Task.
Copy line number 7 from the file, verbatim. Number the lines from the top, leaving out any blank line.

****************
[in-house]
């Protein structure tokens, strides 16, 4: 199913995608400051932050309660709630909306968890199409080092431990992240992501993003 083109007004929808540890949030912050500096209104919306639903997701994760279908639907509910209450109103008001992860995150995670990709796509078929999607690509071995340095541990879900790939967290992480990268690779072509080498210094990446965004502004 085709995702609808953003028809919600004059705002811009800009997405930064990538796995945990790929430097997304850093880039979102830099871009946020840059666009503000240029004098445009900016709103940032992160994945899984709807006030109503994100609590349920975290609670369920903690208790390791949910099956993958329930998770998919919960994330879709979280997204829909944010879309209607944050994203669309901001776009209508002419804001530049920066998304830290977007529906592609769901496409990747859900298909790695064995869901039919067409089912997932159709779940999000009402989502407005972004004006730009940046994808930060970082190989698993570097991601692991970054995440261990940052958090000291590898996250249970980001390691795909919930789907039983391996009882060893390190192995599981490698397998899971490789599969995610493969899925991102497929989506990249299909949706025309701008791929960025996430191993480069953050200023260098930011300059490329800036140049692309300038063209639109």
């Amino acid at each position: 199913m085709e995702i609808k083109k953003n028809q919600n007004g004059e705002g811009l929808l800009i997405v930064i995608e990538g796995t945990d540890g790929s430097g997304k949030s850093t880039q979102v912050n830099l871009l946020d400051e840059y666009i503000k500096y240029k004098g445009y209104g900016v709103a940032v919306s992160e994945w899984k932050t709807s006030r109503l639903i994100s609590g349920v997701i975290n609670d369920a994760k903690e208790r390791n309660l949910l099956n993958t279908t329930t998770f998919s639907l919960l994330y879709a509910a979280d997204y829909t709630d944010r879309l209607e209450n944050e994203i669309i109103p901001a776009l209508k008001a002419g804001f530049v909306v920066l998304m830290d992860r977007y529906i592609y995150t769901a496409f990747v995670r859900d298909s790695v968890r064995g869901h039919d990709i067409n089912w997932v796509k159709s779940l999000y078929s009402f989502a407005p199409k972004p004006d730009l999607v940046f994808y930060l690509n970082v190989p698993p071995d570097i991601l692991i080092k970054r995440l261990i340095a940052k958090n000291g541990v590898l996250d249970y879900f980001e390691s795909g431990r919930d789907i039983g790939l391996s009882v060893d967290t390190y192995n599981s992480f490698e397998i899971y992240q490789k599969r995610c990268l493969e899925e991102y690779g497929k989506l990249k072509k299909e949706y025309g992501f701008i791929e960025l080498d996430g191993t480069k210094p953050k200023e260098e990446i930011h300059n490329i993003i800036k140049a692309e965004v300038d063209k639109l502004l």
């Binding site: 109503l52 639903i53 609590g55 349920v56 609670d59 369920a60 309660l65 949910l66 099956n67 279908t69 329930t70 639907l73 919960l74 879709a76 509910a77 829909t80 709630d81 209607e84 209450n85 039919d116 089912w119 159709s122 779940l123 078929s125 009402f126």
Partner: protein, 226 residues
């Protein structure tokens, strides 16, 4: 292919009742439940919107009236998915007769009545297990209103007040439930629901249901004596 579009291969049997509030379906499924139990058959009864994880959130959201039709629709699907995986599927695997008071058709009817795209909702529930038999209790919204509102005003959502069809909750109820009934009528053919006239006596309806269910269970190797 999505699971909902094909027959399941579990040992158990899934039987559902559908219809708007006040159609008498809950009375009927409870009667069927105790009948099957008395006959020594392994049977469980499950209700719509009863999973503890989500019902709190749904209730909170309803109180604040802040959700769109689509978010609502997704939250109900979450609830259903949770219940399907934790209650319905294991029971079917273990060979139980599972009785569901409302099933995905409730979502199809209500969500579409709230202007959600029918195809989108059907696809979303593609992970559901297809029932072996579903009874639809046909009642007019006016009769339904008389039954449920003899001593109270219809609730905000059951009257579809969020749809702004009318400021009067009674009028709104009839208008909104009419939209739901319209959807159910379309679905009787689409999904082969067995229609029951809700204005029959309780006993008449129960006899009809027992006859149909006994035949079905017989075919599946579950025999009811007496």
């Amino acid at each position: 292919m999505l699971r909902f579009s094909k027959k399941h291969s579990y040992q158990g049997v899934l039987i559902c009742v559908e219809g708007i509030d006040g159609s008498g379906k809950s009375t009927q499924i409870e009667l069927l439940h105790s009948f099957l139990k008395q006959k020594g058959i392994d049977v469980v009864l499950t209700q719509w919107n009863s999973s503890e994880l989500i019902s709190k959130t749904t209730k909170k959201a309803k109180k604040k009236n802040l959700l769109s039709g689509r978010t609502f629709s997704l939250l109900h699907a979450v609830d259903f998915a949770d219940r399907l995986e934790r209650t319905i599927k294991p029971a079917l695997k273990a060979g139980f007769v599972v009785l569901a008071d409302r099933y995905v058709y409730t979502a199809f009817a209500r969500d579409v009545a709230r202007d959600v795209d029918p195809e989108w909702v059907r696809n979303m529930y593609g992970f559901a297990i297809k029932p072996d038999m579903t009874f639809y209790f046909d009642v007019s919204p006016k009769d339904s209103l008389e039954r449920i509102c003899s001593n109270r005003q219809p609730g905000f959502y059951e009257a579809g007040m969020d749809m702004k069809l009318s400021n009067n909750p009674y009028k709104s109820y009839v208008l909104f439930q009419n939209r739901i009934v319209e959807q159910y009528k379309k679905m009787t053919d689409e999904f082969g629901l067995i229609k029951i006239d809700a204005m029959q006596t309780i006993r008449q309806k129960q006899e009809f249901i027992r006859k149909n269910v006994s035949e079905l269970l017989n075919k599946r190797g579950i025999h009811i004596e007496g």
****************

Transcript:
């Amino acid at each position: 292919m999505l699971r909902f579009s094909k027959k399941h291969s579990y040992q158990g049997v899934l039987i559902c009742v559908e219809g708007i509030d006040g159609s008498g379906k809950s009375t009927q499924i409870e009667l069927l439940h105790s009948f099957l139990k008395q006959k020594g058959i392994d049977v469980v009864l499950t209700q719509w919107n009863s999973s503890e994880l989500i019902s709190k959130t749904t209730k909170k959201a309803k109180k604040k009236n802040l959700l769109s039709g689509r978010t609502f629709s997704l939250l109900h699907a979450v609830d259903f998915a949770d219940r399907l995986e934790r209650t319905i599927k294991p029971a079917l695997k273990a060979g139980f007769v599972v009785l569901a008071d409302r099933y995905v058709y409730t979502a199809f009817a209500r969500d579409v009545a709230r202007d959600v795209d029918p195809e989108w909702v059907r696809n979303m529930y593609g992970f559901a297990i297809k029932p072996d038999m579903t009874f639809y209790f046909d009642v007019s919204p006016k009769d339904s209103l008389e039954r449920i509102c003899s001593n109270r005003q219809p609730g905000f959502y059951e009257a579809g007040m969020d749809m702004k069809l009318s400021n009067n909750p009674y009028k709104s109820y009839v208008l909104f439930q009419n939209r739901i009934v319209e959807q159910y009528k379309k679905m009787t053919d689409e999904f082969g629901l067995i229609k029951i006239d809700a204005m029959q006596t309780i006993r008449q309806k129960q006899e009809f249901i027992r006859k149909n269910v006994s035949e079905l269970l017989n075919k599946r190797g579950i025999h009811i004596e007496g």